Sunday, 08 September 2013 23:45

Vanishings of The Young

Written by Ryan Swano
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What could seem like a scenario straight out of a scary movie script about an unnatural monster lurking in a neighbourhood and taking their children, two girls have disappeared eleven months apart from adjacent homes in Freedom Park, Tafelsig, which is part of Mitchells Plain on the Western Cape False Bay Coast.

In this article not only looks at this specific case which currently dominates the headlines but we also try to look at the broader issues surrounding missing children.

On Thursday 5 September The Pink Ladies put out an alert that 4 year old Shaskia Michaels has disappeared from her home and since then panic-stricken Mitchells Plain residents have been searching for her.
Eleven months ago, in October 2012, then 5 year old Kauthar Bobbs, living in the house right next door where Shaskia disappeared from, also went missing.

Not only the coincidence of the two girls living right next door to each other, but also the fact that they are of the same age group, have residents fearing the worst.  All forms of theories are doing the rounds and people are making comparisons to the dark cloud that hung over Mitchells Plain and the Cape Flats in the days of the Station Strangler that preyed on kids in the 1980's and early 1990's.


In this specific case a suspect has now been identified and is wanted in connection with the disappearance of Shaskia and possibly also the disappearance of Kauthar.
According to reports on IOL News, police are searching for a man widely known by residents who have said it is unusual for him not to be around. However, they had not seen him since Shaskia went missing. The man has since been identified as Robert Sylvester.
Anyone with information can call Warrant Officer Charles Julies on 079 894 1548, Crime Stop on 0860 01011 or SMS the Crime Line on 32211.

As reported by eNCA, today, on the fourth day since Shaskia's disappearance, the Mayor of Cape Town, Patricia de Lille said: "The city is confident of a breakthrough in the search for two Mitchell's Plain toddlers who have gone missing."

The mayor was in Tafelsig as part of a team searching for Shaskia and has offered a R50 000 reward for information leading to the arrest of the suspect identified in the case of the missing 4 year old Shaskia Michaels, who disappeared on Thursday, or for information in the case of Kauthar Bobbs, who disappeared last October.


According to Missing Children South Africa approximately one thousand four hundred and sixty (1460) children go missing each year. The incidence rate in Mitchells Plain is apparently higher than the national average but children disappear from all over the country and from all different kinds of neighbourhoods.

Many people are of course asking the same question that the police would ask right from the outset when a child is reported to be missing and this could seem like an unnecessary hurtful question when children disappear, but that question has nevertheless to be answered; What was the person responsible for the child doing at the time of the child's disappearance?
Assigning blame is not the aim of the question as the person responsible for the child at the time of the disappearance  is in all likelihood already filled with immeasurable guilt and angst.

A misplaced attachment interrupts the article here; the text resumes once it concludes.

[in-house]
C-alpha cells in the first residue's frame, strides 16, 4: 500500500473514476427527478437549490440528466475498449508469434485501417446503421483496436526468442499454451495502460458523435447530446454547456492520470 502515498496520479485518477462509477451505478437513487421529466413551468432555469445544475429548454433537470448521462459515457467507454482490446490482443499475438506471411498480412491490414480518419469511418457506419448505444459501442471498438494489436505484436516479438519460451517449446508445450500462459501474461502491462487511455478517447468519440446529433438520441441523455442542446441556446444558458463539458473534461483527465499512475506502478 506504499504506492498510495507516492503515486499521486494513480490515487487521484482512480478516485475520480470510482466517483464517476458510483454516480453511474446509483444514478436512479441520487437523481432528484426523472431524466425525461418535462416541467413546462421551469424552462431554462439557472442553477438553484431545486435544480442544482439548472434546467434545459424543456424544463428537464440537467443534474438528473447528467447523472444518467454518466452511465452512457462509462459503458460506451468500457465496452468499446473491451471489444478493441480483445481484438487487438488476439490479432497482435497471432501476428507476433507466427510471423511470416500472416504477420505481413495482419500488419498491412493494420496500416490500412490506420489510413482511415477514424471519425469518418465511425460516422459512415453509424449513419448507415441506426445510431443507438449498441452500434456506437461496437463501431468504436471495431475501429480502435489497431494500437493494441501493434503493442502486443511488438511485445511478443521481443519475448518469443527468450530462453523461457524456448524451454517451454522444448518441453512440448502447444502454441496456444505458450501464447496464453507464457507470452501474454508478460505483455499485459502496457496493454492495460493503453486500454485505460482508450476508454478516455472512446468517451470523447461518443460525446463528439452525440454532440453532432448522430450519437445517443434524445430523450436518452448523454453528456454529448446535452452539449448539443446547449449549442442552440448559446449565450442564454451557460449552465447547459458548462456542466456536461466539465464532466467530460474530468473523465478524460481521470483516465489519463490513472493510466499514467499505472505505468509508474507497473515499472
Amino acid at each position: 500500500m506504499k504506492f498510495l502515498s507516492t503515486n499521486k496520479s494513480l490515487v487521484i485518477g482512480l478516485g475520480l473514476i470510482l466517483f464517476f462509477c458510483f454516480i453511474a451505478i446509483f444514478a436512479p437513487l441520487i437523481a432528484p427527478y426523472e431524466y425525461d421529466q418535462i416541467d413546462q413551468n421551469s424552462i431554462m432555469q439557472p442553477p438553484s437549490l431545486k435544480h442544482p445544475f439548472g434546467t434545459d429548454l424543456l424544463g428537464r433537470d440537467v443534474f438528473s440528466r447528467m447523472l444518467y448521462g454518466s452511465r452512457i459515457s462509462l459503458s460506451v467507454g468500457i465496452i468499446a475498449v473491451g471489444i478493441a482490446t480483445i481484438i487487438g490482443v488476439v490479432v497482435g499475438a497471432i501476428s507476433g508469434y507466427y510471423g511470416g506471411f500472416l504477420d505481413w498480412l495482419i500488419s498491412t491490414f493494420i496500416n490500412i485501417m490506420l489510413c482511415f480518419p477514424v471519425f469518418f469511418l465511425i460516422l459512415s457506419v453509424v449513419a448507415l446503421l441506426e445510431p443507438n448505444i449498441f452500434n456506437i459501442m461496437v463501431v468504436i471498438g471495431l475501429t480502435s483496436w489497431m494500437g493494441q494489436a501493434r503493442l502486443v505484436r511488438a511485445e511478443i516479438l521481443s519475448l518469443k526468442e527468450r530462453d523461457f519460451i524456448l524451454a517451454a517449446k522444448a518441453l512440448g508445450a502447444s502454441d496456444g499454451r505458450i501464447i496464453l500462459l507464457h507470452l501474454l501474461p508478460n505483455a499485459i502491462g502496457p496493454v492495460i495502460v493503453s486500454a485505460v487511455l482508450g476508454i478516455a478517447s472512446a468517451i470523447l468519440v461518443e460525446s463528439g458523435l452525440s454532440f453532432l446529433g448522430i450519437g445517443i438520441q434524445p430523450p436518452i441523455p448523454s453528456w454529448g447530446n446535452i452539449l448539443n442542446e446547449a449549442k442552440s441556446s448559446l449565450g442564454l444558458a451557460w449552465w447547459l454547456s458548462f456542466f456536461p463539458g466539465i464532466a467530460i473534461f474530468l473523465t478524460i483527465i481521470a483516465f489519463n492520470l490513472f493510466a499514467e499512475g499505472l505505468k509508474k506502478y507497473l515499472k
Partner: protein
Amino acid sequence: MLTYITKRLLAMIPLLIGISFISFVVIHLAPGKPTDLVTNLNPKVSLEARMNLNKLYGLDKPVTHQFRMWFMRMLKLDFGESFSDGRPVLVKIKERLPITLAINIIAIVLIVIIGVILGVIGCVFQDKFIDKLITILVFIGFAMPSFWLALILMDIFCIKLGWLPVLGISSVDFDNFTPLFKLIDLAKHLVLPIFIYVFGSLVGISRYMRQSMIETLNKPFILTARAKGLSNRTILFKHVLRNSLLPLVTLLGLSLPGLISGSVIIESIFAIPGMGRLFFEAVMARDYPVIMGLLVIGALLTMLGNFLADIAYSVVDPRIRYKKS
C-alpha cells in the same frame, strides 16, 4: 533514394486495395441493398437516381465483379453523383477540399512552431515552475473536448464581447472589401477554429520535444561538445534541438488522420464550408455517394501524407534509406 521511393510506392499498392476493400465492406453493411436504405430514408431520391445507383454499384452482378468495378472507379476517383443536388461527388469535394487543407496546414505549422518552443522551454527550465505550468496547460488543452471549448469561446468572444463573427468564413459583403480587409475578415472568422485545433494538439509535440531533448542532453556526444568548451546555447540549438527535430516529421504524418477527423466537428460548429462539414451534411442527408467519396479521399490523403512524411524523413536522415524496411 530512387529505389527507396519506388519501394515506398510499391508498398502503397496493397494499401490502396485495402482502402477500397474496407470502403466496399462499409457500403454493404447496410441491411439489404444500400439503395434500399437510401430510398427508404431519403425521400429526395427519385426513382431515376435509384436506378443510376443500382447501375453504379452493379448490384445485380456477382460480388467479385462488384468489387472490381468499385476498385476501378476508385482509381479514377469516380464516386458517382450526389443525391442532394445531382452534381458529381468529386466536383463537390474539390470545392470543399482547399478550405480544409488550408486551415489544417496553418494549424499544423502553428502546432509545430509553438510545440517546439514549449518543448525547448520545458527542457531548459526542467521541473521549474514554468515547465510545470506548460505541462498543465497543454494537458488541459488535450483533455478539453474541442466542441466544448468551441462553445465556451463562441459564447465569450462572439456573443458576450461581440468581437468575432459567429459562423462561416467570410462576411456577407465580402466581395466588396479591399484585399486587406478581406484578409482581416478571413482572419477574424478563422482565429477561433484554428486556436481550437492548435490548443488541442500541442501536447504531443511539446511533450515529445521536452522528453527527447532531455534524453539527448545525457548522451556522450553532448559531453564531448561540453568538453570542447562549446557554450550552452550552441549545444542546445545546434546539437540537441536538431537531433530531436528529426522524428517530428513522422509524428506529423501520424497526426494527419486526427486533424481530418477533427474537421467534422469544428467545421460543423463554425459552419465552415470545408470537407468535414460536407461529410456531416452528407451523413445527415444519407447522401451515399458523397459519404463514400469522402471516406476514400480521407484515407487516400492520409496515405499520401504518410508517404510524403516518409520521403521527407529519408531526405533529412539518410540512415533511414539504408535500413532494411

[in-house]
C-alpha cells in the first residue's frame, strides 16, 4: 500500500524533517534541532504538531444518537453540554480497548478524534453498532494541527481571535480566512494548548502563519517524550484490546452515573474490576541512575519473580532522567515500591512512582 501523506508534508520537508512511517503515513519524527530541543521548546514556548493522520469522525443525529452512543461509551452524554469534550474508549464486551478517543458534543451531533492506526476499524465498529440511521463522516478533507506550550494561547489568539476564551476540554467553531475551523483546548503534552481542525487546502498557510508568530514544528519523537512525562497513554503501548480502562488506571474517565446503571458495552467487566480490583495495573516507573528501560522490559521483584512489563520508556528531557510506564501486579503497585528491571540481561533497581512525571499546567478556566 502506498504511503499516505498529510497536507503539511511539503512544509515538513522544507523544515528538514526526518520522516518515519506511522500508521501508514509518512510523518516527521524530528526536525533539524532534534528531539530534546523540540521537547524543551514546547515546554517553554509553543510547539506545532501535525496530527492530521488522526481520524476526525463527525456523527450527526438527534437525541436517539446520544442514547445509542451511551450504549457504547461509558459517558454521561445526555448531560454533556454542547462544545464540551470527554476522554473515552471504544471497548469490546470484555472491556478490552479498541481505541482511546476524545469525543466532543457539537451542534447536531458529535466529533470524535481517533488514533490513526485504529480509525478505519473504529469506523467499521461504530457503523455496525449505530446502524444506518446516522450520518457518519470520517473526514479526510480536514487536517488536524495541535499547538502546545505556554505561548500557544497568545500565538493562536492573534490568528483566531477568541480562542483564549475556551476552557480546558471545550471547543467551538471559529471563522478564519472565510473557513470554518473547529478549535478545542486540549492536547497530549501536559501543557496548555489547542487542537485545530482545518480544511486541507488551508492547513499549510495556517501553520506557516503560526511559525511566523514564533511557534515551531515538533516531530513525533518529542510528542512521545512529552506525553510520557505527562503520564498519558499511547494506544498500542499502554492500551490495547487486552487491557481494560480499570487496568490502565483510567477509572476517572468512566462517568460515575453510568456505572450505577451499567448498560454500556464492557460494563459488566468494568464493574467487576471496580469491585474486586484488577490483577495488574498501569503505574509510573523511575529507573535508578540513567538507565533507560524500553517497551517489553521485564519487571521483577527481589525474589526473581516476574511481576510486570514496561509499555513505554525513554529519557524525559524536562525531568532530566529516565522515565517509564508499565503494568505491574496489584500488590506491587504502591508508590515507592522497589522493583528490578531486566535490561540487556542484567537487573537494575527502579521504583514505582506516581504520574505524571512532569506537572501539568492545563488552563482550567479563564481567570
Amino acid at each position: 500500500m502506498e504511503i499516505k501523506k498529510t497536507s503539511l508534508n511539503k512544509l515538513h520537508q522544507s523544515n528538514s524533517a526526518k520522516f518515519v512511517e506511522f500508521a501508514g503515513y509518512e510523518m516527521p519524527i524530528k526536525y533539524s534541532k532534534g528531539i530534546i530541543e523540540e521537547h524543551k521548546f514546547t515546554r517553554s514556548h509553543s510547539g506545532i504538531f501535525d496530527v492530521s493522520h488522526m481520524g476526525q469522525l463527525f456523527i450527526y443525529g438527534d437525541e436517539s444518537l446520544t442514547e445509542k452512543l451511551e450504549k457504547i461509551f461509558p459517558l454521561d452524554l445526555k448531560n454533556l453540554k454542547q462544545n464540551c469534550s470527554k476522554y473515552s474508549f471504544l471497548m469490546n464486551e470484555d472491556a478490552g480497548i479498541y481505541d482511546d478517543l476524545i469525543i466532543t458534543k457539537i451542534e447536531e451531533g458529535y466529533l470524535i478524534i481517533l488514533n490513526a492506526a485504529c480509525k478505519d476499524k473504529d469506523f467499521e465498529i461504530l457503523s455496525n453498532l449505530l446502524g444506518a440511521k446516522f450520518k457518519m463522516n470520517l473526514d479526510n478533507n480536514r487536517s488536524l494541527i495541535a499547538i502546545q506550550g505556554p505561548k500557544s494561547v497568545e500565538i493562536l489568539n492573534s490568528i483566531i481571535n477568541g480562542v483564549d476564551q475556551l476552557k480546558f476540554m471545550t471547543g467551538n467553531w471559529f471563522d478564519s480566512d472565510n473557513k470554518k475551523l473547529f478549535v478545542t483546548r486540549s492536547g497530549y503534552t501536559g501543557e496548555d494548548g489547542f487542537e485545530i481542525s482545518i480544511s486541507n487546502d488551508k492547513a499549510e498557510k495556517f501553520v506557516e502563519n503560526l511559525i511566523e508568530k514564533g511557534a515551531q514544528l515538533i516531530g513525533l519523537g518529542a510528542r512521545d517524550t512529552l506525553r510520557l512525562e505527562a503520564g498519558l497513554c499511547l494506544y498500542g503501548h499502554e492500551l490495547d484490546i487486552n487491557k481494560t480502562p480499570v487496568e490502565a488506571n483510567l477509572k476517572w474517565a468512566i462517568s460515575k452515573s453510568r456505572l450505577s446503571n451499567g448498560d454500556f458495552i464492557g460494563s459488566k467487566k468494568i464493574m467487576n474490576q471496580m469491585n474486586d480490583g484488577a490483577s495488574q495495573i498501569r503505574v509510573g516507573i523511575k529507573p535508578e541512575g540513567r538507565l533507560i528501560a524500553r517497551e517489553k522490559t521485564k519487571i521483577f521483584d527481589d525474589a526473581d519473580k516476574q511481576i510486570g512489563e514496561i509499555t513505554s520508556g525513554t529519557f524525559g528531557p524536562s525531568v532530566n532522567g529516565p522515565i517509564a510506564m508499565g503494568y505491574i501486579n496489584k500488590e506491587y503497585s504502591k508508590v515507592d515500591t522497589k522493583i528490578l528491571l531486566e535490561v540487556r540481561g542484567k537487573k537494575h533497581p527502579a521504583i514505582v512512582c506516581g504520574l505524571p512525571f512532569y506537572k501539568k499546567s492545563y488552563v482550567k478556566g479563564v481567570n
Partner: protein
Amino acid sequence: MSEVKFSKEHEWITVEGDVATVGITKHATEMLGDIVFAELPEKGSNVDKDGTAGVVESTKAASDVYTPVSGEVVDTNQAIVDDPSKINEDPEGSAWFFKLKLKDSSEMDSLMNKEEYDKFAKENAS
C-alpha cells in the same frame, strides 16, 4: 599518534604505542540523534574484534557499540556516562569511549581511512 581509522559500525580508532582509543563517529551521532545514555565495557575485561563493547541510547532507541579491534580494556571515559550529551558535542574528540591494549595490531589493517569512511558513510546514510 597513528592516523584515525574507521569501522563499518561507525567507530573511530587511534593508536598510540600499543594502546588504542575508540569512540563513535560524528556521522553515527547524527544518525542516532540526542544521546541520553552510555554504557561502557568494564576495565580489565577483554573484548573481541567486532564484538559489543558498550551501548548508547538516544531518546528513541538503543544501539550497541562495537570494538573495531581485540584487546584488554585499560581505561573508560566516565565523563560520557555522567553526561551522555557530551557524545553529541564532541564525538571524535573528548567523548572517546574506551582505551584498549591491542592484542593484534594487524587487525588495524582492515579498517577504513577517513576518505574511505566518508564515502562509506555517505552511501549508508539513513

The question is asked to draw a more accurate recreation of the circumstances around the disappearance.
At the end of the day the general public also benefits from these answers as we then become more aware of what situations can leave children in our care vulnerable to abduction.


As a parent one can not possibly have your eyes on your child 24 hours a day without fail. However parents need to literally train thwmselves and their children from a very young age how to handle various situations in order to ensure their health and their safety.

An abducted child is seldom taken by force and is usually tricked into accompanying the abductor.
Notably as one can see from cases that have been solved, many of the abductors are in some way known to the child and only in certain cases are they complete strangers.
This means that besides teaching your child how to avoid strangers, one should also teach them that even when someone familiar to them tries to get them to go somewhere without you expressly telling them that it's OK, they are to call for you immediately as loud as they can.
Understandably this is not so easy with a three or four year old toddler but you should teach, treat and be vigilant about each child according to their different intellectual and emotional ages.

When a child does go missing and you have checked in the immediate surroundings, waste no time in alerting the authorities.

One of the biggest misconceptions are that one has to wait 24 hours before one can approach the police to report someone missing. The very first few hours after someone of any age disappears are probably the most vital in terms of finding clues and having an increased chance of finding the person.
In the case of a child or a vulnerable adult, not a minute should be wasted.


On their website Missing Children South Africa has guidelines and tips that parents and children can familiarise themselves with that at the very least will either help people prevent their children from going missing or help people to start the process of trying to find a missing child.

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